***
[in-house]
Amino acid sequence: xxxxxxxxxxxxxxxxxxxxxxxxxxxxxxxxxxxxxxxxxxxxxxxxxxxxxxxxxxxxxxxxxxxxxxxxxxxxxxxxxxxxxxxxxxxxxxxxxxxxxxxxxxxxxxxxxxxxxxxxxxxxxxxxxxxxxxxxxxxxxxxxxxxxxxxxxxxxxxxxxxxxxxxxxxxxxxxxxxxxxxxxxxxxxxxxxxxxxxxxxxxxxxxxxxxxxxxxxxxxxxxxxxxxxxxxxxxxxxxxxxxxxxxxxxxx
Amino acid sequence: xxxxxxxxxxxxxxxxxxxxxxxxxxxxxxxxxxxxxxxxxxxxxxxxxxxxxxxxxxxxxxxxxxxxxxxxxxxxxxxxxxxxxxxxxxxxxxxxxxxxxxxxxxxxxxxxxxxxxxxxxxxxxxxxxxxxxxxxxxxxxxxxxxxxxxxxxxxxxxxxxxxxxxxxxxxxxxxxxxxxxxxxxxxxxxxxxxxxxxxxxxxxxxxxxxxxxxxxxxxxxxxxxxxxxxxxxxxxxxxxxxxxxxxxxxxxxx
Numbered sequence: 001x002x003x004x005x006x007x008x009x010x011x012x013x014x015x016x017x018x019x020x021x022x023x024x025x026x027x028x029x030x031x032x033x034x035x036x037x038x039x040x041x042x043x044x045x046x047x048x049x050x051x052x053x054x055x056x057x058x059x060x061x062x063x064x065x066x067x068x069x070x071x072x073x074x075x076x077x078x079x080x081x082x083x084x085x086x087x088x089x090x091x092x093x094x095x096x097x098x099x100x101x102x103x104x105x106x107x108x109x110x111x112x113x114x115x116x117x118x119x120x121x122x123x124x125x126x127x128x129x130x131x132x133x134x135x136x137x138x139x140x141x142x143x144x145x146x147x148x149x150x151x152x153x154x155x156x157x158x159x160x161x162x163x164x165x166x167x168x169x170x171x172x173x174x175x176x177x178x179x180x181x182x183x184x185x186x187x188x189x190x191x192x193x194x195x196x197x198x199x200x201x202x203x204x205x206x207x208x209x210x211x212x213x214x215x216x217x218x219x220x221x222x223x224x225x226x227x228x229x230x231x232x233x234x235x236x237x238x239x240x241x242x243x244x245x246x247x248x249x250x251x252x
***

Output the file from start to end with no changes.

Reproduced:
[in-house]
Amino acid sequence: xxxxxxxxxxxxxxxxxxxxxxxxxxxxxxxxxxxxxxxxxxxxxxxxxxxxxxxxxxxxxxxxxxxxxxxxxxxxxxxxxxxxxxxxxxxxxxxxxxxxxxxxxxxxxxxxxxxxxxxxxxxxxxxxxxxxxxxxxxxxxxxxxxxxxxxxxxxxxxxxxxxxxxxxxxxxxxxxxxxxxxxxxxxxxxxxxxxxxxxxxxxxxxxxxxxxxxxxxxxxxxxxxxxxxxxxxxxxxxxxxxxxxxxxxxxx
Amino acid sequence: xxxxxxxxxxxxxxxxxxxxxxxxxxxxxxxxxxxxxxxxxxxxxxxxxxxxxxxxxxxxxxxxxxxxxxxxxxxxxxxxxxxxxxxxxxxxxxxxxxxxxxxxxxxxxxxxxxxxxxxxxxxxxxxxxxxxxxxxxxxxxxxxxxxxxxxxxxxxxxxxxxxxxxxxxxxxxxxxxxxxxxxxxxxxxxxxxxxxxxxxxxxxxxxxxxxxxxxxxxxxxxxxxxxxxxxxxxxxxxxxxxxxxxxxxxxxxx
Numbered sequence: 001x002x003x004x005x006x007x008x009x010x011x012x013x014x015x016x017x018x019x020x021x022x023x024x025x026x027x028x029x030x031x032x033x034x035x036x037x038x039x040x041x042x043x044x045x046x047x048x049x050x051x052x053x054x055x056x057x058x059x060x061x062x063x064x065x066x067x068x069x070x071x072x073x074x075x076x077x078x079x080x081x082x083x084x085x086x087x088x089x090x091x092x093x094x095x096x097x098x099x100x101x102x103x104x105x106x107x108x109x110x111x112x113x114x115x116x117x118x119x120x121x122x123x124x125x126x127x128x129x130x131x132x133x134x135x136x137x138x139x140x141x142x143x144x145x146x147x148x149x150x151x152x153x154x155x156x157x158x159x160x161x162x163x164x165x166x167x168x169x170x171x172x173x174x175x176x177x178x179x180x181x182x183x184x185x186x187x188x189x190x191x192x193x194x195x196x197x198x199x200x201x202x203x204x205x206x207x208x209x210x211x212x213x214x215x216x217x218x219x220x221x222x223x224x225x226x227x228x229x230x231x232x233x234x235x236x237x238x239x240x241x242x243x244x245x246x247x248x249x250x251x252x